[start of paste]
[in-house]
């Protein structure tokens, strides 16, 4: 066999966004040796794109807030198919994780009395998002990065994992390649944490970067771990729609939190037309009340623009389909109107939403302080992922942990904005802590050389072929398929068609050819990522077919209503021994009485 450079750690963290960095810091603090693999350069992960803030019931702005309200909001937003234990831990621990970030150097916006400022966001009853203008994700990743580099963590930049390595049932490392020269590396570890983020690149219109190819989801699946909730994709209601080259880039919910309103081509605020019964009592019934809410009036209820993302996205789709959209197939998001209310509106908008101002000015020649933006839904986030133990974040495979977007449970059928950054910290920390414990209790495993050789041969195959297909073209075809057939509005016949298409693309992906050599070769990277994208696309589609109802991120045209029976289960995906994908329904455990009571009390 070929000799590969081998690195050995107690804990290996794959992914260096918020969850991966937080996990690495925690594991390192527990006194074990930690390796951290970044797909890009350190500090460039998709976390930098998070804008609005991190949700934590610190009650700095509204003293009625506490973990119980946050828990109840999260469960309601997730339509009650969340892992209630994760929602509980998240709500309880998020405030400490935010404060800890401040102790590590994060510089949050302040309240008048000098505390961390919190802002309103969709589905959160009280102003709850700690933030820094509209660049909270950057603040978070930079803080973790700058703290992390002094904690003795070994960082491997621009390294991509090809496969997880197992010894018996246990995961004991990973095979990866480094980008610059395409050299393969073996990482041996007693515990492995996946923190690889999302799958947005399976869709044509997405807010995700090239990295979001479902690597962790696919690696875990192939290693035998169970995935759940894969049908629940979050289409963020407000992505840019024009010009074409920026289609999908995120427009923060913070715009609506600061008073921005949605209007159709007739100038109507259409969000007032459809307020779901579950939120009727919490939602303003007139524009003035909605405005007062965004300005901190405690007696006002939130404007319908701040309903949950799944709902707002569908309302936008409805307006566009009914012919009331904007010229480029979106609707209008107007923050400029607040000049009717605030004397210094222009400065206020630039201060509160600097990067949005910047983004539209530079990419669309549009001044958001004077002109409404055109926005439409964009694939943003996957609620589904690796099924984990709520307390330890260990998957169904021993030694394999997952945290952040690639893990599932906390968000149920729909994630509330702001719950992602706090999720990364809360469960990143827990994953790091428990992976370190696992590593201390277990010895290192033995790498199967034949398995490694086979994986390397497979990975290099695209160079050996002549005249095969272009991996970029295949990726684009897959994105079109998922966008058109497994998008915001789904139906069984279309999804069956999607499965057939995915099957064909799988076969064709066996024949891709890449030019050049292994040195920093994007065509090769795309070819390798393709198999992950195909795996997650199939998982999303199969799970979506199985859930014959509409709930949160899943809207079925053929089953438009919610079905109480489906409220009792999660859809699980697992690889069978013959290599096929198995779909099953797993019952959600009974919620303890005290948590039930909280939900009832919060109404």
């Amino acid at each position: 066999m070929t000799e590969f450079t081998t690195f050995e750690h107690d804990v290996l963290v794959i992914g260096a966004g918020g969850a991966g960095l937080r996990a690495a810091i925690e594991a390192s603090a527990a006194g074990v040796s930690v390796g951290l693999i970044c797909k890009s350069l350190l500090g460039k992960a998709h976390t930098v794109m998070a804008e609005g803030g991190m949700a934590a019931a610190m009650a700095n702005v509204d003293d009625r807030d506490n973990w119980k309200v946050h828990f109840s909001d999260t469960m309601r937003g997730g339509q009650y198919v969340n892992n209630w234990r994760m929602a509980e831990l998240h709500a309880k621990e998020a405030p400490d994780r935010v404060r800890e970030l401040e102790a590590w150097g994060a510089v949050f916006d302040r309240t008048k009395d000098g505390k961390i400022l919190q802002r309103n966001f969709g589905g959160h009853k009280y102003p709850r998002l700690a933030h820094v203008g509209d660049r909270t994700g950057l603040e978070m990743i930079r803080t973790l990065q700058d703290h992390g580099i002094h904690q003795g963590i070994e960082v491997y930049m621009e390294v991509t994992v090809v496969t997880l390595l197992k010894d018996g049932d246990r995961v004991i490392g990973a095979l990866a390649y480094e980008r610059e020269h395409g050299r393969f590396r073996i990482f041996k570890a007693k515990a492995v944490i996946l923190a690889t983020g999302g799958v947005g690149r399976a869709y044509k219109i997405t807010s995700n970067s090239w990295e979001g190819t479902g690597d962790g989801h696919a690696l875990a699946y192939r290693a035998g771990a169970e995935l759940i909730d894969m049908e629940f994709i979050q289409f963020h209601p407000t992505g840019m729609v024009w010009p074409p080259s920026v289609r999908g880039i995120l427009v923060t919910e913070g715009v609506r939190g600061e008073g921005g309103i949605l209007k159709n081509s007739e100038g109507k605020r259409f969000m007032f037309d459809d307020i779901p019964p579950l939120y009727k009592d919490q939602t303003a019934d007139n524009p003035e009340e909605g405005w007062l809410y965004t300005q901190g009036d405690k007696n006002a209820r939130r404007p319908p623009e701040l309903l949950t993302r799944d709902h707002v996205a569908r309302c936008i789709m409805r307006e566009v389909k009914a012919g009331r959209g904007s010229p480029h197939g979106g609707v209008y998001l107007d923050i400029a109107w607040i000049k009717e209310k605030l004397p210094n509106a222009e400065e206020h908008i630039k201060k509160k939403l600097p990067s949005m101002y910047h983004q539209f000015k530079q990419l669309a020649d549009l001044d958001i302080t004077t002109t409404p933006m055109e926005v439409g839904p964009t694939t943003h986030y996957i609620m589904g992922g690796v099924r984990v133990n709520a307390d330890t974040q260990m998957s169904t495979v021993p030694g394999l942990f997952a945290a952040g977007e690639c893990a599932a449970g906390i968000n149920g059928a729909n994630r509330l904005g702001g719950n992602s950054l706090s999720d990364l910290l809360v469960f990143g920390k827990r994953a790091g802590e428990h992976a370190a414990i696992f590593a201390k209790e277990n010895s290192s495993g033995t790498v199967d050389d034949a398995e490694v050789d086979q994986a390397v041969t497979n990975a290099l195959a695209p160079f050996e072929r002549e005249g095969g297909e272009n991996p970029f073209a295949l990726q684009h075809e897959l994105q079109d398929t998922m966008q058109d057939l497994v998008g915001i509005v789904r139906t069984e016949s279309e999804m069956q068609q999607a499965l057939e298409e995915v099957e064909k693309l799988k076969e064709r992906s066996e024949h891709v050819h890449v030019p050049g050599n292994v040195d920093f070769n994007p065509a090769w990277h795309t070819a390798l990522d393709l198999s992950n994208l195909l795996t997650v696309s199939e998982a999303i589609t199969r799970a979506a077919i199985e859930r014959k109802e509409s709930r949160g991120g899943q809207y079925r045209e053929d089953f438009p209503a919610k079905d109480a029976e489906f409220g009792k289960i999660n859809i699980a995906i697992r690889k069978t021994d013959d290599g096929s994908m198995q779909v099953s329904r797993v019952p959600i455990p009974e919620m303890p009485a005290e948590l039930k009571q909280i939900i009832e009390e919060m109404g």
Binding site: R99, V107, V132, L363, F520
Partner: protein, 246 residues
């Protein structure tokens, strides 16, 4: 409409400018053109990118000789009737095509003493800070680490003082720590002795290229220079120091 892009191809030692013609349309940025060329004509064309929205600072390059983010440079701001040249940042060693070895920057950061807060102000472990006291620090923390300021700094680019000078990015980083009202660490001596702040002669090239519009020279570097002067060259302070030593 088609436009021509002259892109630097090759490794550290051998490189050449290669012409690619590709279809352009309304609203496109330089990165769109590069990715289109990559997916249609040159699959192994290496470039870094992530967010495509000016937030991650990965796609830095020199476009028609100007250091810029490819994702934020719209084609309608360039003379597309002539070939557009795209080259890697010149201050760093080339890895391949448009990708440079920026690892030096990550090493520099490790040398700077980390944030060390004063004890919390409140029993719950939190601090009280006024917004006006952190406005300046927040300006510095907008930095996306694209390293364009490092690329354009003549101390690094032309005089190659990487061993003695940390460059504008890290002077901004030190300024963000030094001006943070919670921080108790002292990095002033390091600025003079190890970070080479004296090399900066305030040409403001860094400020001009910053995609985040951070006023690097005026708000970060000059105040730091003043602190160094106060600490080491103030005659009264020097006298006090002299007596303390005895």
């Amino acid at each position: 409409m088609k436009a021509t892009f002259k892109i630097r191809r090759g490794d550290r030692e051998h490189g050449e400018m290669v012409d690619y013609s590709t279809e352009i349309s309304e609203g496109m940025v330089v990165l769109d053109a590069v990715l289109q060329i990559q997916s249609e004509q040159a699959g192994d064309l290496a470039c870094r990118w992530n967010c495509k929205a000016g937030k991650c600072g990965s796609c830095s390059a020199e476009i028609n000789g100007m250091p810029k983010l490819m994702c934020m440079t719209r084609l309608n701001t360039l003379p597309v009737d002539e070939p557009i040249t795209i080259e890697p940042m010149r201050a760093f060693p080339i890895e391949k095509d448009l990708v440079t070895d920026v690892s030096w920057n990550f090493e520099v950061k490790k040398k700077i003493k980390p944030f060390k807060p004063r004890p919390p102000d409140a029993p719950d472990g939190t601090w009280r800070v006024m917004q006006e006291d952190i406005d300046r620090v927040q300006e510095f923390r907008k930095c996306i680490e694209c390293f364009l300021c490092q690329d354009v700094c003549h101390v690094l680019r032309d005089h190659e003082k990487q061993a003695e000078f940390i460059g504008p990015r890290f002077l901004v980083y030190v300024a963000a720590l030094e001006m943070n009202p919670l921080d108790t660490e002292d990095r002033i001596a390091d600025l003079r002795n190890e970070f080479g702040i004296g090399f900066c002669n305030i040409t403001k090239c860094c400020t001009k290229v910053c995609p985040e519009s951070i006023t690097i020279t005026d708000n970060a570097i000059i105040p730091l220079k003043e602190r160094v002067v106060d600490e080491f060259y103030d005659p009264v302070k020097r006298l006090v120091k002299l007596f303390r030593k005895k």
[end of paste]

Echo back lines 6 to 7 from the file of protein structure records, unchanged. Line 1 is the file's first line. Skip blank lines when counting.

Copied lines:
């Protein structure tokens, strides 16, 4: 409409400018053109990118000789009737095509003493800070680490003082720590002795290229220079120091 892009191809030692013609349309940025060329004509064309929205600072390059983010440079701001040249940042060693070895920057950061807060102000472990006291620090923390300021700094680019000078990015980083009202660490001596702040002669090239519009020279570097002067060259302070030593 088609436009021509002259892109630097090759490794550290051998490189050449290669012409690619590709279809352009309304609203496109330089990165769109590069990715289109990559997916249609040159699959192994290496470039870094992530967010495509000016937030991650990965796609830095020199476009028609100007250091810029490819994702934020719209084609309608360039003379597309002539070939557009795209080259890697010149201050760093080339890895391949448009990708440079920026690892030096990550090493520099490790040398700077980390944030060390004063004890919390409140029993719950939190601090009280006024917004006006952190406005300046927040300006510095907008930095996306694209390293364009490092690329354009003549101390690094032309005089190659990487061993003695940390460059504008890290002077901004030190300024963000030094001006943070919670921080108790002292990095002033390091600025003079190890970070080479004296090399900066305030040409403001860094400020001009910053995609985040951070006023690097005026708000970060000059105040730091003043602190160094106060600490080491103030005659009264020097006298006090002299007596303390005895």
């Amino acid at each position: 409409m088609k436009a021509t892009f002259k892109i630097r191809r090759g490794d550290r030692e051998h490189g050449e400018m290669v012409d690619y013609s590709t279809e352009i349309s309304e609203g496109m940025v330089v990165l769109d053109a590069v990715l289109q060329i990559q997916s249609e004509q040159a699959g192994d064309l290496a470039c870094r990118w992530n967010c495509k929205a000016g937030k991650c600072g990965s796609c830095s390059a020199e476009i028609n000789g100007m250091p810029k983010l490819m994702c934020m440079t719209r084609l309608n701001t360039l003379p597309v009737d002539e070939p557009i040249t795209i080259e890697p940042m010149r201050a760093f060693p080339i890895e391949k095509d448009l990708v440079t070895d920026v690892s030096w920057n990550f090493e520099v950061k490790k040398k700077i003493k980390p944030f060390k807060p004063r004890p919390p102000d409140a029993p719950d472990g939190t601090w009280r800070v006024m917004q006006e006291d952190i406005d300046r620090v927040q300006e510095f923390r907008k930095c996306i680490e694209c390293f364009l300021c490092q690329d354009v700094c003549h101390v690094l680019r032309d005089h190659e003082k990487q061993a003695e000078f940390i460059g504008p990015r890290f002077l901004v980083y030190v300024a963000a720590l030094e001006m943070n009202p919670l921080d108790t660490e002292d990095r002033i001596a390091d600025l003079r002795n190890e970070f080479g702040i004296g090399f900066c002669n305030i040409t403001k090239c860094c400020t001009k290229v910053c995609p985040e519009s951070i006023t690097i020279t005026d708000n970060a570097i000059i105040p730091l220079k003043e602190r160094v002067v106060d600490e080491f060259y103030d005659p009264v302070k020097r006298l006090v120091k002299l007596f303390r030593k005895k």